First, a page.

VirtenSys caused a bit of a stir among the judges when it won best virtualisation product at last year's Techworld Award. For a start, it was a company that none of us had heard of and then it was offering a technology that struck us immediately as innovative and revolutionary.
While the world was getting used to server virtualisation, and while desktop virtualisation is beginning to creep up the agenda, ViternSys provided something called I/O virtualisation. This is not a new technology - a company called Xsigo which has an OEM agreement with Dell has already taken steps down this path but VirtenSys's approach is more sophisticated, more user-friendly and offers greater savings.
VirtenSys won the award with ease and we've waited to hear where the company was going to go next. The next step was signing up customers and signing up UK partners such as ADA, Virso and SGI before the next push.
So, what's so special about VirtenSys and why could it be genuinely disruptive technology for the data centre. The key feature of the company's switch range (there are two versions: the VIO 4001 and VIO 4008) is that they allow multiple servers in the datacentre to share I/O. Consequently, a company with 16 servers would need just one NIC to service them, instead of 16 - which represents one hell of a cost saving in its own right before other factors are included. There's also the ability to provide one upstream link instead of 16 - another cost saving, about 60 percent, estimates Paul Klinkby-Silver, European VP.
Although this might seem like nothing but bad news for NIC vendors, VirtenSys's president and CEO Ahmet Houssein says that this is not necessarily the case - although it had been in the past "Two years ago, it was disruptive for them. But NIC vendors now recognise that this technology is an inevitable movement and they're putting capabilities in their cards. You'll see that in the next generation of NICs - the adaptive members are seeing the way the market's going."
While this is impressive, there are some other real savings. Klinkby-Silver says that the figures are "almost embarrassing" - which means that he's not embarrassed about them at all, particularly as much vendors are putting so much effort into demonstrating the energy efficiencies of their products.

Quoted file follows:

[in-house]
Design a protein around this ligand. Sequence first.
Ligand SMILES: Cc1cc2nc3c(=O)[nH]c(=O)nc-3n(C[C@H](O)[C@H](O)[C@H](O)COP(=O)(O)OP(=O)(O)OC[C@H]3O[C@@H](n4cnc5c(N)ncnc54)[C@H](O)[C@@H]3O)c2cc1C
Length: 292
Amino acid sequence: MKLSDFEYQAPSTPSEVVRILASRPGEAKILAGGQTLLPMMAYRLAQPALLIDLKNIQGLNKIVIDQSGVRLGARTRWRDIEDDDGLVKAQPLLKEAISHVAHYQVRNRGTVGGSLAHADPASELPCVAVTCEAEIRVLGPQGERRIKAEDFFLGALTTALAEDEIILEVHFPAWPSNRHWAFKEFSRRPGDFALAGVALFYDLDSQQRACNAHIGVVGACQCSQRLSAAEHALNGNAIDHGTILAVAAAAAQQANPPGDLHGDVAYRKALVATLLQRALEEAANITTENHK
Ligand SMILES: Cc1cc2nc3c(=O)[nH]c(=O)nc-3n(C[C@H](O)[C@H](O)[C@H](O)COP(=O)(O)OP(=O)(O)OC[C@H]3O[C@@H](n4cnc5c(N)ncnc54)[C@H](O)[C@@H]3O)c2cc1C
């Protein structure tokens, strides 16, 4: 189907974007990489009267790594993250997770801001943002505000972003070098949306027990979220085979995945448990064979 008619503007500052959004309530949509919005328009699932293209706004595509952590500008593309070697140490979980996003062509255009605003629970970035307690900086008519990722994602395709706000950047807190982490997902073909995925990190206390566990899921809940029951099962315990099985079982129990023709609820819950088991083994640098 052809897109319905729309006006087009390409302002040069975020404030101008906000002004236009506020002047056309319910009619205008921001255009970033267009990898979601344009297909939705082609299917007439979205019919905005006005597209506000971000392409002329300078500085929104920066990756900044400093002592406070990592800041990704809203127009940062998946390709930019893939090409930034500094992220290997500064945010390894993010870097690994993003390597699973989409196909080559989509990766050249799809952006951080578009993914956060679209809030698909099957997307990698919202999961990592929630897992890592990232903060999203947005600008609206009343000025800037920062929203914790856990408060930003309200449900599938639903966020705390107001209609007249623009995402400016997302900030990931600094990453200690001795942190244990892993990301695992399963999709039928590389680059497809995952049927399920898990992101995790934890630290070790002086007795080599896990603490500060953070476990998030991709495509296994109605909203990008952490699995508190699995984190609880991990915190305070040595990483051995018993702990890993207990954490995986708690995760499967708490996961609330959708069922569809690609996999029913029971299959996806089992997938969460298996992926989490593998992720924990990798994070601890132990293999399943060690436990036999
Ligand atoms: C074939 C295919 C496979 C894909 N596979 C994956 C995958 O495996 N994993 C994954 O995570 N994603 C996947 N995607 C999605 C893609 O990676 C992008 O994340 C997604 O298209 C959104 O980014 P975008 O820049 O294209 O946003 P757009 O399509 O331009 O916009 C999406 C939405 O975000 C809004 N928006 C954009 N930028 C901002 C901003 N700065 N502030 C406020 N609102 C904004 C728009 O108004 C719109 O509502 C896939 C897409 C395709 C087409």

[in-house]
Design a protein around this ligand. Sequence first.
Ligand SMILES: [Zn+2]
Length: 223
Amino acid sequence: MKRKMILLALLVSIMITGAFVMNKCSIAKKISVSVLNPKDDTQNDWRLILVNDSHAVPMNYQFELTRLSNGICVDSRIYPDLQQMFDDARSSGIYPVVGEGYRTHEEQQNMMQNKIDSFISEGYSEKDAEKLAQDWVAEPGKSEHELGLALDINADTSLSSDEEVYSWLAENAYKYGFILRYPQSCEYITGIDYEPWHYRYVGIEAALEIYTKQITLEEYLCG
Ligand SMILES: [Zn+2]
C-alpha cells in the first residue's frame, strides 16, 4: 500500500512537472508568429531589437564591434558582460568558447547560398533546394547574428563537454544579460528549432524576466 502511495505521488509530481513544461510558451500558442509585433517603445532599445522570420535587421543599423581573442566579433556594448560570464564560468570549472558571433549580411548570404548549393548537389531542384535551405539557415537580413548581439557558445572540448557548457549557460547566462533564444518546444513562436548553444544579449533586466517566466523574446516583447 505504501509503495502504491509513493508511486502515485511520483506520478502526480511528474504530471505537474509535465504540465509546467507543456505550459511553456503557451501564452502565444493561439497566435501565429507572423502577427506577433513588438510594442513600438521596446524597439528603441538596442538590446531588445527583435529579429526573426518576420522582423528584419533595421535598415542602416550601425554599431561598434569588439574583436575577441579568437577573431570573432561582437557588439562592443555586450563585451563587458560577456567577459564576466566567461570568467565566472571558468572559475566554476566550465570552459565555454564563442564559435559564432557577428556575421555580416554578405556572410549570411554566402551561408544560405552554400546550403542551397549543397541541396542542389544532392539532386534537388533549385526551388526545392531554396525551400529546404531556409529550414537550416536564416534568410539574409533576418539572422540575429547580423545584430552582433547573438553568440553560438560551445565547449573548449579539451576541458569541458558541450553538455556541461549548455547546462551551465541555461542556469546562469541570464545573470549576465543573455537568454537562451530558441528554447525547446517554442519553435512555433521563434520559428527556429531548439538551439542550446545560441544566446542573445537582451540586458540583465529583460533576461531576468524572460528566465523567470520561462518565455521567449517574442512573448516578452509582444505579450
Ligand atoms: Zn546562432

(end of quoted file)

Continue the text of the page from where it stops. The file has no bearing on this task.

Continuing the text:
The figures are staggering - the company claims that there's a whopping 80 percent saving on energy costs, but this does make sense. This not a vendor claiming that its server consumes less power than the next one, this is a figure based on a customer requiring considerably less equipment and that consuming less power too. What's more, there's a considerable saving in form factor as rather than 3 or4U servers, Virtensys is taking up 1U across a rack so they're immediately shrinking the footprint within the data centre.
This has immediate implications for data centres in places like London where space and power can be at a premium.
It's no surprise to hear that Virtensys is in talks with all five major blade server vendors and is expecting to make an announcement on partnerships with "at least two of them" within a month or so, says Hussain.
Given so many cost benefits served up by I/O virtualisation, one of the only choices appears to be whether to go with Xsigo or Virtensys. Klinkby-Silver says that one major advantage that Virtensys has over its competitor is that there's no requirement to adopt Infiniband, the high-speed interconnection technology that Xsigo uses. VirtenSys attaches direct to PCI Express, in effect extending the chassis into the switch., making it much more efficient and power-friendly.
Klinkby-Silver says that Virtensys rarely comes across Xsigo when pitching for customers."They're much more high-end than we are: we aim for a wider range of customers from mid-range upwards." As for who would benefit from Virtensys technology? "I think customers with as few as five to six servers could see some cost benefits, but our target market is enterprises with 50 servers upwards," he says.
The company is currently working on minor changes for the switch; looking at better ways to integrate with VMware and Hype-V and preparing for the next generation of PCIe.
It all looks very promising. We see plenty of companies promising a revolutionary approach but very few who deliver. VirtenSys is still young; still has very few customers and has a long way to go but at first glance it looks to be a technology that could shake up the data centre as we know it and, with CIOs, looking to save money in any way they can, looks to be a very attractive option.
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